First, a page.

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I'm refactoring a Rails-based event registration application that has a checkout process that hits several ActiveRecord models. Ideally, the objects should not be saved unless checkout is complete (payment is successfully processed). I'm not entirely certain why it would be a bad thing to serialize these objects into the session temporarily, but I've read over and over that its bad mojo. At least there's no risk of getting out of sync with existing records, as there won't be any existing records.

My questions are:

A) Is it still problematic to store records in the session even though they don't exist elsewhere? Even if I modify a model, can't I kill all existing sessions?

B) If it may cause problems, how should I temporarily store objects? Should I save them and use a boolean flag to indicate permanent vs. temporary status? Then cron a script to weed out stale temporary objects?


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2 Answers 2

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Why don't you store them in the database, but in a way you know they are "incomplete"?

For example, you can add a added_to_cart_at datetime field. When the product is added to the cart, you save the record and you set the value for that field. Then, if the user complete the purchase, you clear the field and you associate the product to an order.

To clear stale record, you can setup a daily cron to delete all records where added_to_cart_at is older than 1.day.ago.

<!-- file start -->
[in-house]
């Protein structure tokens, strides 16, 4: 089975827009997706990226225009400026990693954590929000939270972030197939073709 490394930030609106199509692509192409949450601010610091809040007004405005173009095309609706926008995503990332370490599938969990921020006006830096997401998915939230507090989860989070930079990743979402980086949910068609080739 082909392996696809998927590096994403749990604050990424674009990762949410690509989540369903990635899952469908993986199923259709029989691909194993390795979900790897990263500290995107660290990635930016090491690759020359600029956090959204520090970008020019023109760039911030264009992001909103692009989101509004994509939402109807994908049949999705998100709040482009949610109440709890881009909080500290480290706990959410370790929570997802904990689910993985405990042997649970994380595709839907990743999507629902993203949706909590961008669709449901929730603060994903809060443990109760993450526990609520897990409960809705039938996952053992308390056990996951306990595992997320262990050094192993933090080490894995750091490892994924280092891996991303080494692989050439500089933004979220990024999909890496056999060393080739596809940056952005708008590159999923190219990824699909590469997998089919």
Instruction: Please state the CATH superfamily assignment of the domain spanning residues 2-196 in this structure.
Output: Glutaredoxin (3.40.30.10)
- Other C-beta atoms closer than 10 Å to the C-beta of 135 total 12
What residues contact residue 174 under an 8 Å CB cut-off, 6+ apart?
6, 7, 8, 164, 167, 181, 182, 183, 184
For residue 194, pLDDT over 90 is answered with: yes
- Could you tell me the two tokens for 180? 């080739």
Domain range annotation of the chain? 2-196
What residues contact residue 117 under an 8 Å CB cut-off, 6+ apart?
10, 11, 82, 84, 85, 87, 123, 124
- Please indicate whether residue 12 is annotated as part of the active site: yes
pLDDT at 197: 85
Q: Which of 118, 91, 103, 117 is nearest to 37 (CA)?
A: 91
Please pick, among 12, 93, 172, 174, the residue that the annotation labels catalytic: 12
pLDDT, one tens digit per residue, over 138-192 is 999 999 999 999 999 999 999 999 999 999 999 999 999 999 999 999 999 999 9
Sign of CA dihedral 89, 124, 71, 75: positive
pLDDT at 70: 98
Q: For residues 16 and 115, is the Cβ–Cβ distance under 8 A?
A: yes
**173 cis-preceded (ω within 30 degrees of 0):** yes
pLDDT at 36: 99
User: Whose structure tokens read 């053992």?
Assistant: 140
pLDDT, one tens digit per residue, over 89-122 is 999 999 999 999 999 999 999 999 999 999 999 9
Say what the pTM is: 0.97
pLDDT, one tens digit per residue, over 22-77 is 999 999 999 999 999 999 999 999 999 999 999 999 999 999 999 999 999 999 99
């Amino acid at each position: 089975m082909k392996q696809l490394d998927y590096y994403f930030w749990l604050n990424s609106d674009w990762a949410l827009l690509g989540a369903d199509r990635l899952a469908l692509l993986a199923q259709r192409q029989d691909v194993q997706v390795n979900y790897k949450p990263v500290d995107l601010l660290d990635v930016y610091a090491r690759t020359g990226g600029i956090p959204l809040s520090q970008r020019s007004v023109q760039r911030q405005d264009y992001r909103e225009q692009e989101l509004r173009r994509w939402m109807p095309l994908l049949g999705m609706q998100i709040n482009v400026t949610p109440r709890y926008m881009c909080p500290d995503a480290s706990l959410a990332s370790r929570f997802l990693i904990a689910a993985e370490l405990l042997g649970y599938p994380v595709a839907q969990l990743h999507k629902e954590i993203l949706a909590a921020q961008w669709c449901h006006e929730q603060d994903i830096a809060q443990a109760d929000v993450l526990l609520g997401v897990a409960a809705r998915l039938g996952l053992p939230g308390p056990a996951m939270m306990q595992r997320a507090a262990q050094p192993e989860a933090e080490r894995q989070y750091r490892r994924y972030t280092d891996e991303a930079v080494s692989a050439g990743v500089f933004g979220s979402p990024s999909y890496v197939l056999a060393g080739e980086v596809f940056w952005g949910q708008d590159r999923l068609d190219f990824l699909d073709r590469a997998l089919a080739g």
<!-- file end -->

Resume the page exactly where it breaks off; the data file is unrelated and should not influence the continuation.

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I think this is the way to go. Conceptually, it makes sense to me to use the model. Temporary, not-yet-valid data should not be in the database, right? As a practical matter, though, I can see that it doesn't make sense and that this type of solution will be more robust. Thanks for your input. –  tacomachine Feb 21 '10 at 20:01

The problem of storing them in the session is that the session has limited space. ActiveRecord objects bring a lot of overhead in terms of space when stored in the session. If you're storing records with densely populated has_many relationships you will run into trouble.

I believe Simone Carletti's description of storing partial records in the database to be the best solution.

But, if you really want to store objects in the session, store the minimum amount of information possible. For example ids and updated fields only. Also store the information as a hash, instead of storing the object in the session directly.

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Yes, I think this is the way to go if you must use the session. What I had also considered was to store partial records in the database, but only associate them to the user via the session using a hash relating the respective user_id to the id of the partial record. I believe this would work, but it is relying on the session unnecessarily. Simone's solution should do the same thing, but better. –  tacomachine Feb 21 '10 at 20:07

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